If you were teaching a course on Sports Economics, and had to choose two organizations that have impacted the culture most, landed once unthinkable TV deals, and beat the odds over the past forty years… UFC and NASCAR. Only these two. Maybe when Dr. James Naismith first tacked up a peach basket; when Abner Doubleday was placing three bases and a plate in a cow pasture, there might have been a groundswell of grass roots support telling all about basketball and baseball. But who knows for sure?
For sure, NASCAR in the 1970’s and 80’s and the UFC in the 2000’s launched two different (because of the omnipotent Internet factor), but amazingly successful grass roots campaigns extending far beyond their once accepted boundaries; roaring past and punching through stigmas and mockery; eventually being courted by major TV networks with multimillion dollar deals.
There are two things most people relate to, driving a car and fighting. It doesn’t mean any of us are proficient at either, but there is a thrill of opening up to 90 on the Interstate or recalling the playground moment of landing a blow or receiving one. They are action sports that have grown, surpassing much longer established sports, like horse racing and tennis in terms of audience.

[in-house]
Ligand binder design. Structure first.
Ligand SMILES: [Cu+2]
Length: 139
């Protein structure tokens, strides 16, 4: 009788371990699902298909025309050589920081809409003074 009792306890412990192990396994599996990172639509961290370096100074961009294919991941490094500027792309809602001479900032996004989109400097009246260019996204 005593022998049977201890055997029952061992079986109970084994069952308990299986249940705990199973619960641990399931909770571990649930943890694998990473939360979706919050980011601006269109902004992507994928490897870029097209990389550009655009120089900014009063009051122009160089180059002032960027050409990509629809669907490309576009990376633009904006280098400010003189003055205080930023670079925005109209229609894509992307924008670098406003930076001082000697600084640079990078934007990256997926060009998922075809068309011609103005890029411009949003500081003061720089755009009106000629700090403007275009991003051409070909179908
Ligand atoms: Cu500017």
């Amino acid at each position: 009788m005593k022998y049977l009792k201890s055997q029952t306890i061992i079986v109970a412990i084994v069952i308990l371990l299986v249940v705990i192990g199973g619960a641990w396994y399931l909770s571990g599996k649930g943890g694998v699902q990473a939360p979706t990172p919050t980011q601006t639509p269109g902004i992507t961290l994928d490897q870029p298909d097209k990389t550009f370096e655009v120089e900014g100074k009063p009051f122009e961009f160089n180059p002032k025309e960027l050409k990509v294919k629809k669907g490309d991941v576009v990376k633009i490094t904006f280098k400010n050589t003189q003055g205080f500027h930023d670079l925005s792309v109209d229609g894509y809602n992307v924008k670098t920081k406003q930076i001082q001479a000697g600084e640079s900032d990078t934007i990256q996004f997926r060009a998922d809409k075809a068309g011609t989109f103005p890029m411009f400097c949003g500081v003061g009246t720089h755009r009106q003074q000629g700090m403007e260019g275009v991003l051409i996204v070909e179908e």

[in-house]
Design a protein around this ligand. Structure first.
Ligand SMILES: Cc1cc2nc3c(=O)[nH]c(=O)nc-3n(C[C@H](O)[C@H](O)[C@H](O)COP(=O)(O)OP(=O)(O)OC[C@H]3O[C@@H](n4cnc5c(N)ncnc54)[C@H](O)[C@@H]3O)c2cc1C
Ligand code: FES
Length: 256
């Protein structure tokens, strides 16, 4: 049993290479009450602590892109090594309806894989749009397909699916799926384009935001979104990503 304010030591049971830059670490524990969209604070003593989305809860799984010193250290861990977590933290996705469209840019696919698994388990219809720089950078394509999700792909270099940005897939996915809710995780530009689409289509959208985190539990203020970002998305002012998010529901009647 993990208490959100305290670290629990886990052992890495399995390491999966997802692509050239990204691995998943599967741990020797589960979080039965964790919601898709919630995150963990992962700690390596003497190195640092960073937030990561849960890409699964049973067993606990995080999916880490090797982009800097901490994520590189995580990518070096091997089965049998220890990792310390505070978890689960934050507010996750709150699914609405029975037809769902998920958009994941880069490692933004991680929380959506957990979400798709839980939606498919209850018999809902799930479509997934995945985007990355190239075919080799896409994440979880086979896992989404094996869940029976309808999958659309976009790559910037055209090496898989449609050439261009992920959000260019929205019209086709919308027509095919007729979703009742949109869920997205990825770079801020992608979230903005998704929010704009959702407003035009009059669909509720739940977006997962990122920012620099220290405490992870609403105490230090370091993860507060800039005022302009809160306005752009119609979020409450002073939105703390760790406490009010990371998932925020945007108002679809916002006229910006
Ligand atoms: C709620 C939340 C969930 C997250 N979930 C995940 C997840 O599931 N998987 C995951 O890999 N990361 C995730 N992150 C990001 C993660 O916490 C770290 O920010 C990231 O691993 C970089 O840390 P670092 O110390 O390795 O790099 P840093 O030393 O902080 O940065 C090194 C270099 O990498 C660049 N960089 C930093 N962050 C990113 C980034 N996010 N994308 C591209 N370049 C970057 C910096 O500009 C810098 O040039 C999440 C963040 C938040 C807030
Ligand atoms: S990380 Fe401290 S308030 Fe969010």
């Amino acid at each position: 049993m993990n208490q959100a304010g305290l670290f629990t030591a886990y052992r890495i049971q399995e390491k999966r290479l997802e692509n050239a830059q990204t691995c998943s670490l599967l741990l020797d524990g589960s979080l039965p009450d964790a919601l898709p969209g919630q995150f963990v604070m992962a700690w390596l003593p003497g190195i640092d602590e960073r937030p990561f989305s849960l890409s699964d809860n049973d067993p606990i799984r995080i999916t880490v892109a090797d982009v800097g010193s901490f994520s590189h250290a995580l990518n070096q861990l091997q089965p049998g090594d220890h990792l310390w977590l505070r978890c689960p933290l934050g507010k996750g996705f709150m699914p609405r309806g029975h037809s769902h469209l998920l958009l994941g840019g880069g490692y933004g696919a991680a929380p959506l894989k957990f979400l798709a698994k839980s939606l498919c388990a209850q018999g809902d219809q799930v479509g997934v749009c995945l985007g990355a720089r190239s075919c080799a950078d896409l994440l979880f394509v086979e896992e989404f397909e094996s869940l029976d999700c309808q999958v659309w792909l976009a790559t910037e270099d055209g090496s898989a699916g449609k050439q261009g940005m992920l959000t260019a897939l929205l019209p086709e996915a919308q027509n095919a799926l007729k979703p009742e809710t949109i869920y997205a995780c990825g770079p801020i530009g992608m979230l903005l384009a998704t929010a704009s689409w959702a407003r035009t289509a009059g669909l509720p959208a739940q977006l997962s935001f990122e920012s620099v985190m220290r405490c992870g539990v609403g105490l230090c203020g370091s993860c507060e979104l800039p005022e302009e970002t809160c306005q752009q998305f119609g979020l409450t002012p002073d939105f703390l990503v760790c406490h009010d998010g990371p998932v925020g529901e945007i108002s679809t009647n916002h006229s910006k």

In the book “Not Hit Yet,” released three years ago I recalled as a kid seeing the NASCAR superstars of the time, Tiny Lund, Junior Johnson, Lee Petty and Fireball Roberts driving their cars along the golden strand of Daytona Beach, stopping to get out and shake hands with old and young alike. It was something special, and people drove home to New Jersey or Michigan or somewhere North and East and passed along word, these guys are cool, this sport… well there might be something to it.
The UFC did the same decades later. Their fighters were accessible. Randy Couture, Chuck Liddell, Tito Ortiz and Ken Shamrock, you could walk right up to them at the Expo, or maybe even outside the arena. These guys weren’t “human cockfight fighters,” they were smart, witty and friendly. Big guys who could beat up anyone in the room, were really nice outside the cage. The word spread and with social media, it was light years faster than what NASCAR had in its favor.
Tate has an innate instinct for public relations, with magazine articles and TV appearances outside of the standard fight fare. She is a perfect signee for Harvick, who himself is a crossover draw for those not so avid car fans. She calls it the “best thing I’ve done in my career.” That might be true in another savvy step to promote her career and what extends past it. Tate is still at the top of her game, and all the while effortlessly moving in circles outside the octagon. Harvick said his wife pushed for the signing of Tate to reach a “younger demographic.” Something that has dwindled from NASCAR, but soars in MMA.
Tate along with the already inked Donald “Cowboy” Cerrone give Harvick’s company two solid cornerstones to build in another direction, a new fan group for KHI. Another linking of the UFC and NASCAR brands.
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